Patients with moderate or severe idiopathic pulmonary fibrosis (IPF) treated with trimethoprim-sulfamethoxazole (co-trimoxazole) did not experience a reduced time to death, transplant, or hospitalization, according to the results of a study published in JAMA.
In a double-blind, placebo-controlled, parallel randomized trial (ISRCTN: 17464641), patients with moderate or severe IPF were randomly assigned to receive either co-trimoxazole or matched placebo. The primary outcomes were all-cause time to death, lung transplant, or first nonelective hospital admission.
Of the 342 participants with moderate or severe idiopathic pulmonary fibrosis, 170 were randomly assigned to receive 960 mg oral co-trimoxazole twice daily, while 172 were matched placebo control individuals. The mean participant age was 71.3 years; 13% of the study participants were women. Median follow-up duration was 10.2 years (interquartile range, 0.35-1.73). Events per person-years of follow-up were 0.45 and 0.38 in the co-trimoxazole and placebo groups, respectively (hazard ratio 1.2; 95% CI, 0.9-1.6; P =.32), and there were no statistically significant differences in composite outcome of time to death, transplant, or nonelective hospitalization compared with placebo.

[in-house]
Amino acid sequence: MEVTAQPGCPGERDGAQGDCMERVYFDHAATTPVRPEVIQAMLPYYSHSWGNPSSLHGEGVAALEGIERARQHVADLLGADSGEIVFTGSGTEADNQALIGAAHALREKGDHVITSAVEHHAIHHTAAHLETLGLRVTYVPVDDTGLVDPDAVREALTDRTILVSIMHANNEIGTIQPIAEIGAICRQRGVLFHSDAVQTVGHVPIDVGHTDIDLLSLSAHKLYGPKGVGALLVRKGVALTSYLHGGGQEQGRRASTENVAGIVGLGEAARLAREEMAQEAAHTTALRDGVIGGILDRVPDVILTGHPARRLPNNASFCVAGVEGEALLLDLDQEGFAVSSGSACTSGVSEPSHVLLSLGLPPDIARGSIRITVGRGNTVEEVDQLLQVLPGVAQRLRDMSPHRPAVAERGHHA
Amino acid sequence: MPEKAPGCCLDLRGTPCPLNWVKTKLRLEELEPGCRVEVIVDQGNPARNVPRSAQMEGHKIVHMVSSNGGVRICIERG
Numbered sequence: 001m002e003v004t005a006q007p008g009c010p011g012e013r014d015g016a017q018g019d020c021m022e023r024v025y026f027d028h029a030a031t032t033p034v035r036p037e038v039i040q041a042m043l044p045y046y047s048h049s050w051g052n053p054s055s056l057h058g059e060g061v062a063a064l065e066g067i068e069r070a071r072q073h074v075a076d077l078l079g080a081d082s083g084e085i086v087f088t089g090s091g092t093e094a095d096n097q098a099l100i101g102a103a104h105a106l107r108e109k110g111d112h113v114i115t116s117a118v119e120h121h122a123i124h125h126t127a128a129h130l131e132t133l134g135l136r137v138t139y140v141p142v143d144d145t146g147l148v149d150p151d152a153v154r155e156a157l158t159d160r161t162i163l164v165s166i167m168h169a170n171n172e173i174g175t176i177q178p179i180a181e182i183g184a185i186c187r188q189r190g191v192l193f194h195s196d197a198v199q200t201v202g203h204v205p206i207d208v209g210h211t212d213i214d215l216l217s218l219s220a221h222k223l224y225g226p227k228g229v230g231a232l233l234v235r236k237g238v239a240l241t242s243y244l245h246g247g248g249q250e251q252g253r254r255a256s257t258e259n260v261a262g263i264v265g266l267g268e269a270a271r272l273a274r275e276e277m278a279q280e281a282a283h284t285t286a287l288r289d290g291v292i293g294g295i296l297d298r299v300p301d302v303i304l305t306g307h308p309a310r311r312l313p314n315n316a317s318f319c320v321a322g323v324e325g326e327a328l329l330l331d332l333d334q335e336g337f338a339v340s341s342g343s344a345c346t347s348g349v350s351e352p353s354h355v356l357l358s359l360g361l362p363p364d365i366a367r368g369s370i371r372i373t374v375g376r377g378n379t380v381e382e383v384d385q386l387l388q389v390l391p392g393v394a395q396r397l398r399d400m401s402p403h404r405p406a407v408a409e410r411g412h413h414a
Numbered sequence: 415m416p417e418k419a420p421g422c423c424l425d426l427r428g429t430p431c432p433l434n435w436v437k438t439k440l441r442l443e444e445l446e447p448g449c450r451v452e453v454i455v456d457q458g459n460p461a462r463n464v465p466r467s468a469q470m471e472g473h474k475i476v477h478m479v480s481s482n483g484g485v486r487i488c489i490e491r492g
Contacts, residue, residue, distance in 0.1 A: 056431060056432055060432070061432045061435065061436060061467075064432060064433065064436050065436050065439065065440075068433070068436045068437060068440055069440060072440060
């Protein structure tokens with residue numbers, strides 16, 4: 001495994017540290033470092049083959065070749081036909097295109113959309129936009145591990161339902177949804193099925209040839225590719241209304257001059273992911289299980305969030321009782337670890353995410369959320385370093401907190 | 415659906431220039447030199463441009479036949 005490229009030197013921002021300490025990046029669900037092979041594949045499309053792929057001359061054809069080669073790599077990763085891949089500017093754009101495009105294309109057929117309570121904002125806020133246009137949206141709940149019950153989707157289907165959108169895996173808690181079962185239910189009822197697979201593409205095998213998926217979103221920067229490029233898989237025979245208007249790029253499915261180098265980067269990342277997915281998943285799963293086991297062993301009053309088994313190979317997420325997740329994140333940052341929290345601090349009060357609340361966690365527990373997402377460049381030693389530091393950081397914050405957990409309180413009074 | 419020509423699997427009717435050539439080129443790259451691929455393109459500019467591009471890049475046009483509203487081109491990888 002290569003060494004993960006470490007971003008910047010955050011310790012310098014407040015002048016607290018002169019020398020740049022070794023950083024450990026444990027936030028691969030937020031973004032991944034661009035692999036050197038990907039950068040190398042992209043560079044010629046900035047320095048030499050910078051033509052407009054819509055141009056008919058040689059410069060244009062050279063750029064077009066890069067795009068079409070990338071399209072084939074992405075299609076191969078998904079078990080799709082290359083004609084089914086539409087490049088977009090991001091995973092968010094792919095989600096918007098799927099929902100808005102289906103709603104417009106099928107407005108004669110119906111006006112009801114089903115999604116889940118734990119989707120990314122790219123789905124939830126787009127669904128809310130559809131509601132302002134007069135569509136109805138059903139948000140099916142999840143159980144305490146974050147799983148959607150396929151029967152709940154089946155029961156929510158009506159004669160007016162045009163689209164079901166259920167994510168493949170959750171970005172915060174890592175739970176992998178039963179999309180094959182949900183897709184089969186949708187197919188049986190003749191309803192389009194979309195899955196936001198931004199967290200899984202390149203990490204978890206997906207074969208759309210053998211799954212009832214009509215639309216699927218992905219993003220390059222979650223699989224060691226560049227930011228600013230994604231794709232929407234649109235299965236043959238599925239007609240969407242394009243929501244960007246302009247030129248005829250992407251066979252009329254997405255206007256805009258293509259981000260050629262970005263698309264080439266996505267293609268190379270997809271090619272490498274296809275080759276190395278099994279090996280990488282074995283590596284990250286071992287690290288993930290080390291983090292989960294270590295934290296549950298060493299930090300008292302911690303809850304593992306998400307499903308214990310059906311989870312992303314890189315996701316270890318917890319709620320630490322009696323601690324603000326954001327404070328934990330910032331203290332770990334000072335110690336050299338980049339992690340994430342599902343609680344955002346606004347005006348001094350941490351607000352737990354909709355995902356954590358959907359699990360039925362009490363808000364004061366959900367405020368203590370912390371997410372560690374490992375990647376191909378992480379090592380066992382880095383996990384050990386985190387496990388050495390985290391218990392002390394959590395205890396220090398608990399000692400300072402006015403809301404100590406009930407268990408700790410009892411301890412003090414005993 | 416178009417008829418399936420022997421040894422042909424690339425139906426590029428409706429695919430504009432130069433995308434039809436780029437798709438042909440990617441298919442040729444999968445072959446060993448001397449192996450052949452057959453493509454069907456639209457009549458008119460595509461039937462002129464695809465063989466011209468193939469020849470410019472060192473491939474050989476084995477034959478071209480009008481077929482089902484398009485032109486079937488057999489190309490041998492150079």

Study limitations included a lack of evaluation of the lung microbiome and no quantitation of the influence of co-trimoxazole on its composition, an inability to determine if co-trimoxazole reduced infection-related events, and exclusion criteria limiting the generalizability of the results.
“[T]here was no significant reduction in the incidence of the composite outcome of death, lung transplant, or nonelective hospitalization with co-trimoxazole in patients with moderate or severe IPF,” the researchers concluded. “The results of this study do not disprove the hypothesis that the ‘lung microbiome’ influences disease progression and outcomes in IPF.”
Disclosure: Several study authors declared affiliations with the pharmaceutical industry. Please see the original reference for a full list of authors’ disclosures.
Wilson AM, Clark AB, Cahn T, et al; on behalf of the EME-TIPAC team. Effect of co-trimoxazole (trimethoprim-sulfamethoxazole) vs placebo on death, lung transplant, or hospital admission in patients with moderate and severe idiopathic pulmonary fibrosis: The EME-TIPAC randomized clinical trial. JAMA. 2020;324(22):2282-2291.